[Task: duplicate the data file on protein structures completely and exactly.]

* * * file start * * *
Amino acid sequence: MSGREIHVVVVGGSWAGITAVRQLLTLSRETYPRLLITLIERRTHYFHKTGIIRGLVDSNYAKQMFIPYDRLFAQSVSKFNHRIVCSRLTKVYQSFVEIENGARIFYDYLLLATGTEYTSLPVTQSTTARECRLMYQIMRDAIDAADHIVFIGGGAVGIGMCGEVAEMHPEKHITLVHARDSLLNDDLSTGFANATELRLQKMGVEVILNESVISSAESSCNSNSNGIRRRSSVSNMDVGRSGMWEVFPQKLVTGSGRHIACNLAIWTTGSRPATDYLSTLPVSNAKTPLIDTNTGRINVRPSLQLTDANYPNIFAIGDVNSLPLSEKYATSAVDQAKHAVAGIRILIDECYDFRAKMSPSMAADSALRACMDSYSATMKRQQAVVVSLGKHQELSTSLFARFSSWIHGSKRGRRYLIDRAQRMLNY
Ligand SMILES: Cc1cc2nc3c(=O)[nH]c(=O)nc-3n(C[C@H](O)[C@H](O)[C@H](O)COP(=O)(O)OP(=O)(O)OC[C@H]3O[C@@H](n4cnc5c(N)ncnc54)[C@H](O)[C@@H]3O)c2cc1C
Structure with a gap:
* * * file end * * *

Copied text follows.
Amino acid sequence: MSGREIHVVVVGGSWAGITAVRQLLTLSRETYPRLLITLIERRTHYFHKTGIIRGLVDSNYAKQMFIPYDRLFAQSVSKFNHRIVCSRLTKVYQSFVEIENGARIFYDYLLLATGTEYTSLPVTQSTTARECRLMYQIMRDAIDAADHIVFIGGGAVGIGMCGEVAEMHPEKHITLVHARDSLLNDDLSTGFANATELRLQKMGVEVILNESVISSAESSCNSNSNGIRRRSSVSNMDVGRSGMWEVFPQKLVTGSGRHIACNLAIWTTGSRPATDYLSTLPVSNAKTPLIDTNTGRINVRPSLQLTDANYPNIFAIGDVNSLPLSEKYATSAVDQAKHAVAGIRILIDECYDFRAKMSPSMAADSALRACMDSYSATMKRQQAVVVSLGKHQELSTSLFARFSSWIHGSKRGRRYLIDRAQRMLNY
Ligand SMILES: Cc1cc2nc3c(=O)[nH]c(=O)nc-3n(C[C@H](O)[C@H](O)[C@H](O)COP(=O)(O)OP(=O)(O)OC[C@H]3O[C@@H](n4cnc5c(N)ncnc54)[C@H](O)[C@@H]3O)c2cc1C
Structure with a gap: